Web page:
They call it “ED.” As in Eating Disorder.
And for those suffering from anorexia, bulimia, bingeing or another eating disorder, ED is a real presence in their life, like an alter ego pushing them to use food to control what they see as chaos around them, creating shame for having the disorder and making them masters of deception to those around them.
“ED feels like a character in your life,” said Kara Ellsmore, 18, of Gorham, who was diagnosed for bingeing and purging during her freshman year of high school, and now is two years free from the behavior. “Each ‘ED’ is different for each person with an eating disorder.”
The disorders are both medical and psychiatric in nature, said Patrice Lockhart, M.D., director of the New England Eating Disorders, or NEED, program at Sweetser in Saco.
“Every person has a different constellation of symptoms,” she said. While other facilities in the state may offer some treatments, NEED is the only treatment program in Maine that sees the most severe cases, close to 500 per year.
Sweetser took over NEED from Mercy Hospital in Portland on Jan. 1 to focus the program more on the behavioral health aspects of the diseases. The 400-acre Saco campus is rural and in a working farm and home-inspired setting, with a team of therapists, nurses and dieticians directed by Lockhart working with patients.
Nationwide, 20 million women and 10 million men suffer from a clinically significant eating disorder at some time in their life, including anorexia nervosa, bulimia nervosa, binge eating disorder and others, according to the National Eating Disorders Association in New York. One in 200 American women suffer from anorexia, while another two to three in 100 suffer from bulimia. Some 10 percent college women suffer from a clinical eating disorder. Anorexia is the third most common chronic illness in adolescents. Only one in 10 people get treated.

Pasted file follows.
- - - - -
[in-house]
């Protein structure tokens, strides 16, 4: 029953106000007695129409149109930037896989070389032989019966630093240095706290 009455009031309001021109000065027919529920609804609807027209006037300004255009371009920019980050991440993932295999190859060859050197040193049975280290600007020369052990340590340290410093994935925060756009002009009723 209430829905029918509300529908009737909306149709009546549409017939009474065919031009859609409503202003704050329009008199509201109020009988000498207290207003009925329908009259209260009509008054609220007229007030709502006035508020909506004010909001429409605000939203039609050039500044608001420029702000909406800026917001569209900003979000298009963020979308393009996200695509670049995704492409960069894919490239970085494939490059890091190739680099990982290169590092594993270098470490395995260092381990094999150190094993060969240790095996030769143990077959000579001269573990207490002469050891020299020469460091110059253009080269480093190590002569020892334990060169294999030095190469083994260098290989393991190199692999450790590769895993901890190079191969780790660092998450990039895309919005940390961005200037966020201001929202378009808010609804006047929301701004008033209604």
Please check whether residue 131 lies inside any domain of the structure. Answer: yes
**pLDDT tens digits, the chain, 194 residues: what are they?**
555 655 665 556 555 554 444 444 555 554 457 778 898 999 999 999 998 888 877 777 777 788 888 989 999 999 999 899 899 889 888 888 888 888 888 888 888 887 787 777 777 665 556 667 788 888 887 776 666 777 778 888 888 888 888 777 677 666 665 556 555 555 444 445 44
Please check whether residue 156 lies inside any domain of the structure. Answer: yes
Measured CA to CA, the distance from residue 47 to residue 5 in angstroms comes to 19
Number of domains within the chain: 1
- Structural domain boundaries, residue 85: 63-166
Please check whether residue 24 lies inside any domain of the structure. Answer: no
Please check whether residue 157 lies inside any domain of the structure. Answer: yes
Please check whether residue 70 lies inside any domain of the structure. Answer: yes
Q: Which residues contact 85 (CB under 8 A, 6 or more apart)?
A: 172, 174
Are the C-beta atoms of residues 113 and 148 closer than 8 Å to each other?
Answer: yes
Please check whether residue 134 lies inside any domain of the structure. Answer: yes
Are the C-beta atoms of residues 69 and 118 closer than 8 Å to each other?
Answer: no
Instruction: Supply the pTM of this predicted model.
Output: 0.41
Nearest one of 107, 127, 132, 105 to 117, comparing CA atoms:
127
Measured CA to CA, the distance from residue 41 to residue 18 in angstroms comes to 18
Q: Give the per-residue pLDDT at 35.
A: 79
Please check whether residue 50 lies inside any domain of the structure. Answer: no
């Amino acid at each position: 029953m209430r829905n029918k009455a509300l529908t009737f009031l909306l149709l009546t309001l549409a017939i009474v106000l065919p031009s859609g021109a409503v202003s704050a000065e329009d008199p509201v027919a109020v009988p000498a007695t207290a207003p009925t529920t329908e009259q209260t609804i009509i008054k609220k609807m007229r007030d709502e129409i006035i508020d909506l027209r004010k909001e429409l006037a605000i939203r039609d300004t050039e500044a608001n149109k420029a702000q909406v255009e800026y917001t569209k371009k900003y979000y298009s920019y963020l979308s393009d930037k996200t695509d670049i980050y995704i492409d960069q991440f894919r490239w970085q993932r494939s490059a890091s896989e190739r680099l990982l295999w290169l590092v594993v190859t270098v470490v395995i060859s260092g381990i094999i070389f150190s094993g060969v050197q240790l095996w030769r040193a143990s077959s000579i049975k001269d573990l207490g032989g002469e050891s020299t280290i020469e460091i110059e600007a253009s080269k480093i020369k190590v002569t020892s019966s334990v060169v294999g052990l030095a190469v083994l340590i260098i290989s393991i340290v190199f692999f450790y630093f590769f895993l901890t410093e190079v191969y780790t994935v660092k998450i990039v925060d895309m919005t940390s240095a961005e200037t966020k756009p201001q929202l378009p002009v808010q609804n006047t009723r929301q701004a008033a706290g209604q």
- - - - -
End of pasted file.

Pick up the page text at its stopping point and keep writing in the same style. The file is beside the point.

In Maine, the Youth Risk Behavior Survey in 2005 found that even then, more than half of all students were trying to lose weight, six times as many girls believed they were overweight than actually were, and of all of those trying to lose weight, 11 percent fasted, 6 percent used diet pills and 5 percent vomited.
In Maine, there are no residential treatment centers that specialize in treating disorders, and NEED is the only intensive outpatient and partial hospitalization program, according to the Eating Disorders Association of Maine.
The program was a lifesaver for Ellsmore. Like many with eating disorders, her problem started in preteen years, as it did her mother, Joyce, who suffered from bingeing and purging from age 15 to her late 20s.
“It was a self-esteem issue. It was a way to lose weight and then became a way to control emotional issues,” said Joyce. “In the 1970s there wasn’t a clinical diagnosis, so it was very secretive. And that gave me empowerment. It’s not a disorder that’s easy to see.”
But she admits to feeling a lot of shame and guilt. “I was always chubby, but I was healthy,” she said. “I actually didn’t lose a lot of weight.”
After reading a lot about the addictive nature of eating disorders, she finally went to a counselor in Massachusetts and realized she had issues in her past that were at the root of the eating disorder. With therapy, she brought her eating disorder under control by age 29.
“I don’t know that you ever lick it,” Joyce said. “It’s always a threat that stays with you.”
Daughter Kara said she knew in passing that her mother had had an eating disorder, but she was fighting her own demons at age 12. An active volleyball and tennis player, Kara had a lot of changes in her life that year. The family moved from Maine to Massachusetts to take care of her grandfather, she was homeschooled and had to leave friends behind.